The insulating body can be formed, for example, of a ceramic such as AlN. The conductive element can comprise, for instance, a heating element, an RF grid, or an electrostatic electrode. The contact can comprise a cylinder or a ring. In some embodiments, the contact is diffusion bonded to the conductive element. The bushing can comprise a plate-like member with a bore therethrough for receiving the conductor. The bushing can comprise a shape that is non-circular, such as a hexagon. The conductive element, the contact, and the bushing can each be formed, for example, of materials such as molybdenum, tungsten, or other materials having coefficients of thermal expansion similar to that of the insulating body.
The present invention also provides a substrate support for a susceptor comprising an insulating body, a conductive element disposed within the insulating body, an electrical contact disposed within the insulating body, and a conductive spreader disposed within the insulating body and providing electrical communication between the electrical contact and the conductive element. The conductive spreader can include spokes or apertures. The conductive spreader can be formed, for example, of materials such as molybdenum, tungsten, or other materials having coefficients of thermal expansion similar to that of the insulating body.
The present invention further provides a method of fabricating a susceptor. The method comprises producing a plate including sintering or hot-pressing a bushing preform between first and second electrically insulating material layers, sintering or hot-pressing a conductive element and a contact between a third electrically insulating layer and the plate such that the contact is disposed between the bushing preform and the conductive element, forming a conductor opening through the bushing preform and to the contact, and bonding a conductor into the conductor opening. The method can further comprise sintering or hot-pressing a conductive spreader between the contact and the conductive element.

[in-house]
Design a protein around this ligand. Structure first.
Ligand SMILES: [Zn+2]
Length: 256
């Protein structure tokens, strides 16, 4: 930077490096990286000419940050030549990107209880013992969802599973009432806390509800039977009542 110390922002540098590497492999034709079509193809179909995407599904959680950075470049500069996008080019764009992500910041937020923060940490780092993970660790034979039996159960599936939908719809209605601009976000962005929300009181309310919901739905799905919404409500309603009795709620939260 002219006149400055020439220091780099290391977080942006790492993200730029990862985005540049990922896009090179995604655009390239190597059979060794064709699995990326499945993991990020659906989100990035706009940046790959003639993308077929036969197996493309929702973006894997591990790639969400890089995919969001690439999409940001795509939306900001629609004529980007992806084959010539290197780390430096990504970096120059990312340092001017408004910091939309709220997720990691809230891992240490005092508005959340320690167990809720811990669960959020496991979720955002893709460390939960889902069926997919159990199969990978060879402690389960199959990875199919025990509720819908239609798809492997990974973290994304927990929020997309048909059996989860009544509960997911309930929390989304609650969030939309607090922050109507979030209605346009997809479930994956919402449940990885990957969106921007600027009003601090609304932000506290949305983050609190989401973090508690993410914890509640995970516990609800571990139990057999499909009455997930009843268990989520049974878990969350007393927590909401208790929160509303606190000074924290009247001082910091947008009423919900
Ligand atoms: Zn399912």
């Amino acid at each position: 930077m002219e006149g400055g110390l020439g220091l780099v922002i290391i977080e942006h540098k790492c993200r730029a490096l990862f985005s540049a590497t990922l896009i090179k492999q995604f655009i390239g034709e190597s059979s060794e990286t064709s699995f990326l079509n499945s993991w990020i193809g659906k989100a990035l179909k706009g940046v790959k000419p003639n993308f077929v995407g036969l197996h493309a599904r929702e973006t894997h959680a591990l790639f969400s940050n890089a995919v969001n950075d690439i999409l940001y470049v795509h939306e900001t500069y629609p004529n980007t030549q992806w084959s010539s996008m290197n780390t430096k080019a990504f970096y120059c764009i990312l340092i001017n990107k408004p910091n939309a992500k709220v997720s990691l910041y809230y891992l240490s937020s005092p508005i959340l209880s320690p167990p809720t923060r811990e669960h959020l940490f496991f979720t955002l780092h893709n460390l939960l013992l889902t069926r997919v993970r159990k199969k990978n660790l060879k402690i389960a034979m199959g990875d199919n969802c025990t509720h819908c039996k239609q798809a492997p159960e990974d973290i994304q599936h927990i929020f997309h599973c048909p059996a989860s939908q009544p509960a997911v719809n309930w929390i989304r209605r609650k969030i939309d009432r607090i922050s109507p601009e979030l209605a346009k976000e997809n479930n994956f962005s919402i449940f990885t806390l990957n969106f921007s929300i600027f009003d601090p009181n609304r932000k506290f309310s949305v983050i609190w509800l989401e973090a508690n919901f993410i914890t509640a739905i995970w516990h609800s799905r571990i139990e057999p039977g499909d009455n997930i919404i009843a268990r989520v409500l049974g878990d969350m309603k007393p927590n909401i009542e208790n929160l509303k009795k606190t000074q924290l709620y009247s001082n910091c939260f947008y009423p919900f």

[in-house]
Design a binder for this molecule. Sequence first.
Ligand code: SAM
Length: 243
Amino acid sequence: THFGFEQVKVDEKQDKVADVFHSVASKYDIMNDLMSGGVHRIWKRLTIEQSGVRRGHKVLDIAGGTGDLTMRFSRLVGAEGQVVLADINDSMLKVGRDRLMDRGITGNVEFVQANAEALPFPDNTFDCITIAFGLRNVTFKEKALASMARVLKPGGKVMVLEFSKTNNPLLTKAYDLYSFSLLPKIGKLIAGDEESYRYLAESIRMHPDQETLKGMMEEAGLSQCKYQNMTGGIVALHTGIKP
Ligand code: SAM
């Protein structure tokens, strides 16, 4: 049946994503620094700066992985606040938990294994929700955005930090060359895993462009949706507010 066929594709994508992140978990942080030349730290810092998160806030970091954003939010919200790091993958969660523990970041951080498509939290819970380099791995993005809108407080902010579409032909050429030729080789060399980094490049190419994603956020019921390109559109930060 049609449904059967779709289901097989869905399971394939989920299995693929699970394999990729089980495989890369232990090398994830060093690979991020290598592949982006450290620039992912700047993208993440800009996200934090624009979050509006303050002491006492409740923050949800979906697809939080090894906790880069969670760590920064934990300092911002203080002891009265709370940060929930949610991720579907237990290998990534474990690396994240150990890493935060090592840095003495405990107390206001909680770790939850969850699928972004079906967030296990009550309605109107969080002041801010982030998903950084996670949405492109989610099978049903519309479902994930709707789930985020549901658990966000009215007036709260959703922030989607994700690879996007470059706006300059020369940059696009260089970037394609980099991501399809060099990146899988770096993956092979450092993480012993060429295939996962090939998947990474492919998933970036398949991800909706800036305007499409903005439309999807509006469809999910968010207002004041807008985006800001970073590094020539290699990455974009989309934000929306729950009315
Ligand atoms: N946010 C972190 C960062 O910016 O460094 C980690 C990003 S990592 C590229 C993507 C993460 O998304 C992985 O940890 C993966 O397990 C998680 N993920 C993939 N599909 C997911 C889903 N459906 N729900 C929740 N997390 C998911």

Producing the plate, in some embodiments, further includes forming a contact opening into the first electrically insulating material layer. Producing the plate can further include forming a bushing opening into the first electrically insulating material layer or the second electrically insulating material layer. Forming the conductor opening can include machining, and can also include machining through the bushing preform and at least partially into the contact.
The substrate support 404 is configured to secure a substrate 410, such as a silicon wafer. The substrate support 404 includes an insulating body 411 and one or more electrically conductive elements 412 disposed within the insulating body 411. The conductive element 412 can be, for example, a heating element, an RF grid, or an electrostatic electrode. Accordingly, an electric current applied to a conductive element 412 that is a heating element will heat the substrate support 404 which, in turn, will heat the substrate 410. A voltage applied to a conductive element 412 that is an electrostatic electrode can bias a top surface of the substrate support 404 to electrostatically secure the substrate 410. The insulating body 411 is preferably made of a material that can withstand the processing conditions within the processing chamber 402. Ceramic materials, such as aluminum nitride (AlN), work well for use in the processing chamber 402.
The support shaft 406 is a hollow member that both elevates the substrate 410 within the processing chamber 402 and provides a conduit for electrical connections to the one or more conductive elements 412. The support shaft 406 preferably includes a flange for securing the support shaft 406 to the floor of the processing chamber 402. Like the substrate support 404, the support shaft 406 is preferably made of a material that can withstand the processing conditions within the processing chamber 402. In some embodiments, the support shaft 406 is made of the same material as the substrate support 404. The support shaft 406 can be joined to the substrate support 404, for instance, by a sintering process such as hot pressing.